The art of networking as a valuable business tool
Monday, April 16, 2012
Networking may seem like a chore, but those who have used this business building tool say its value can't be matched.
"Sometimes who you know is the most valuable asset you have, especially if you are trying to build a business or a reputation," said Sarah Summers, owner of Magenta Media. "When I first moved to this area a few years ago, networking was key to meeting everyone I'm not friends with and do business with. It is still the foundation of my business as Magenta Media grows beyond Cape Girardeau into other markets." Sumers says people shouldn't give in to the urge to "sell" themselves immediately.
"Networking is about building a relationship, but first it's only about the introduction and listening to the other person's introduction of themselves," Summers said. "If we listen for what we can give, not sell, to that person, we are more likely to make a good impression and they are more likely to think of us when the thing we sell is what they need."
For those who don't have the courage to step out of their comfort zone and make the first move, a necessary step in making a new connection, Summers suggests asking someone you do know for an introduction.
"It's easier for you and it also adds some credibility, provided the person introducing you is respected by the new connection," she said.
Summers helped coordinate two "speed newtorking" events for the Cape Girardeau Chamber Young Professionals. She said these events were inspired by "speed dating," something her group members could identify with.
More than 50 people took part in CYP's March speed networking event, and Summers said she's already heard about how these new connections are paying off.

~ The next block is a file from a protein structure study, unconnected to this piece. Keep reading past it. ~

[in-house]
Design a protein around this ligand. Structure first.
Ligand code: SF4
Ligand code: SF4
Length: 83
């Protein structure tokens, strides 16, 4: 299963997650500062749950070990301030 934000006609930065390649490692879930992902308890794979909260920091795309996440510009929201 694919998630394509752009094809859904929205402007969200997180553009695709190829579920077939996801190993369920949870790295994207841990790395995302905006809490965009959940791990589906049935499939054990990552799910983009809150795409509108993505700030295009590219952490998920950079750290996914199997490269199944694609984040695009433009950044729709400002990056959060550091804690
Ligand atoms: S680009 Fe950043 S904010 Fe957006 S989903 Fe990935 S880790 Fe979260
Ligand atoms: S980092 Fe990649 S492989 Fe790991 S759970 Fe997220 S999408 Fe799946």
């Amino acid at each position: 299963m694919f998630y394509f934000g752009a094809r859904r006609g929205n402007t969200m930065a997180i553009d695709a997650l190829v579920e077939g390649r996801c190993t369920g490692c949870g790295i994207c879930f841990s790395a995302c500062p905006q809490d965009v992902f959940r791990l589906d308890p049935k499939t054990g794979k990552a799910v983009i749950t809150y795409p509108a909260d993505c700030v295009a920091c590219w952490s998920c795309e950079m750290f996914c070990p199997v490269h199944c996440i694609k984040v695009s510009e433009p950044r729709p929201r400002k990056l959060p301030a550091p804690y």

For those who are serious about building their business through networking, a chapter of Business Networking International recently started in Cape Girardeau.
BNI president Nick Laiben, an agent with Farmers Insurance, was first introduced to the organization while working in St. Louis.
BNI allows only one person per profession to join each chapter and requires members to attend mandatory weekly meetings.
Laiben said the weekly meetings ensure members develop personal relationships and learn more about each other's products and services.
"You get to know people on a professional level pretty quickly. If a customer has a bad experience, I know they'll make it right," he said.
When BNI members meet someone new who could use another member's products or service, they recommend them.
"The best way I've seen to get new business is referrals," Laiben said.
Currently Cape Girardeau's BNI chapter has about 20 members and most chapters average between 40 and 60 members, he said. For more information, all Laiben at 837-1110 or visit www.bnistl.com.